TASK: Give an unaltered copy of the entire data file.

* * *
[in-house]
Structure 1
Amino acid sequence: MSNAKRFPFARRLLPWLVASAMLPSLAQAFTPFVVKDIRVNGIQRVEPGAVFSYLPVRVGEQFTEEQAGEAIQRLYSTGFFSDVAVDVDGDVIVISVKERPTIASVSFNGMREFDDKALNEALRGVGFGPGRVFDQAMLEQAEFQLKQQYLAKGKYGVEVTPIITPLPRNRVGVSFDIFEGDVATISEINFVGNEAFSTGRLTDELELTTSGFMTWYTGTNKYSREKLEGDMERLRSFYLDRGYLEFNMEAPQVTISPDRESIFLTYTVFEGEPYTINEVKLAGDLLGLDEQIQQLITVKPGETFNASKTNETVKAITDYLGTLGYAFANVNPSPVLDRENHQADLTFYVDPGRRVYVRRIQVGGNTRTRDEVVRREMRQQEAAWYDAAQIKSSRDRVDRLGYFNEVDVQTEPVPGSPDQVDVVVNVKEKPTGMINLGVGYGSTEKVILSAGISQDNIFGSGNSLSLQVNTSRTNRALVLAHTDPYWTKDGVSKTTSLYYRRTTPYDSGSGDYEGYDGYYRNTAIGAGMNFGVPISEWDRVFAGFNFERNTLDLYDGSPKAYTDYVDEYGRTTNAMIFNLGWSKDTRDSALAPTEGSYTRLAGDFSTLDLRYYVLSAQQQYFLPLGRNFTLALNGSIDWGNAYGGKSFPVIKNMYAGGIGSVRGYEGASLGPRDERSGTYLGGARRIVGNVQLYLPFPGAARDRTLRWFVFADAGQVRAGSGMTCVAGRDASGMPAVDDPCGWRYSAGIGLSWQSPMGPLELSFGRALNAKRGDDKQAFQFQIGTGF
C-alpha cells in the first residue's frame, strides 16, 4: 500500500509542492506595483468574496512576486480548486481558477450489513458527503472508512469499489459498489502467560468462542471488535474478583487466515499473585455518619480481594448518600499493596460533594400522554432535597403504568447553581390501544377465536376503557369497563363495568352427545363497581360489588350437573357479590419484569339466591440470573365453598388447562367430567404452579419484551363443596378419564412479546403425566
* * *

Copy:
[in-house]
Structure 1
Amino acid sequence: MSNAKRFPFARRLLPWLVASAMLPSLAQAFTPFVVKDIRVNGIQRVEPGAVFSYLPVRVGEQFTEEQAGEAIQRLYSTGFFSDVAVDVDGDVIVISVKERPTIASVSFNGMREFDDKALNEALRGVGFGPGRVFDQAMLEQAEFQLKQQYLAKGKYGVEVTPIITPLPRNRVGVSFDIFEGDVATISEINFVGNEAFSTGRLTDELELTTSGFMTWYTGTNKYSREKLEGDMERLRSFYLDRGYLEFNMEAPQVTISPDRESIFLTYTVFEGEPYTINEVKLAGDLLGLDEQIQQLITVKPGETFNASKTNETVKAITDYLGTLGYAFANVNPSPVLDRENHQADLTFYVDPGRRVYVRRIQVGGNTRTRDEVVRREMRQQEAAWYDAAQIKSSRDRVDRLGYFNEVDVQTEPVPGSPDQVDVVVNVKEKPTGMINLGVGYGSTEKVILSAGISQDNIFGSGNSLSLQVNTSRTNRALVLAHTDPYWTKDGVSKTTSLYYRRTTPYDSGSGDYEGYDGYYRNTAIGAGMNFGVPISEWDRVFAGFNFERNTLDLYDGSPKAYTDYVDEYGRTTNAMIFNLGWSKDTRDSALAPTEGSYTRLAGDFSTLDLRYYVLSAQQQYFLPLGRNFTLALNGSIDWGNAYGGKSFPVIKNMYAGGIGSVRGYEGASLGPRDERSGTYLGGARRIVGNVQLYLPFPGAARDRTLRWFVFADAGQVRAGSGMTCVAGRDASGMPAVDDPCGWRYSAGIGLSWQSPMGPLELSFGRALNAKRGDDKQAFQFQIGTGF
C-alpha cells in the first residue's frame, strides 16, 4: 500500500509542492506595483468574496512576486480548486481558477450489513458527503472508512469499489459498489502467560468462542471488535474478583487466515499473585455518619480481594448518600499493596460533594400522554432535597403504568447553581390501544377465536376503557369497563363495568352427545363497581360489588350437573357479590419484569339466591440470573365453598388447562367430567404452579419484551363443596378419564412479546403425566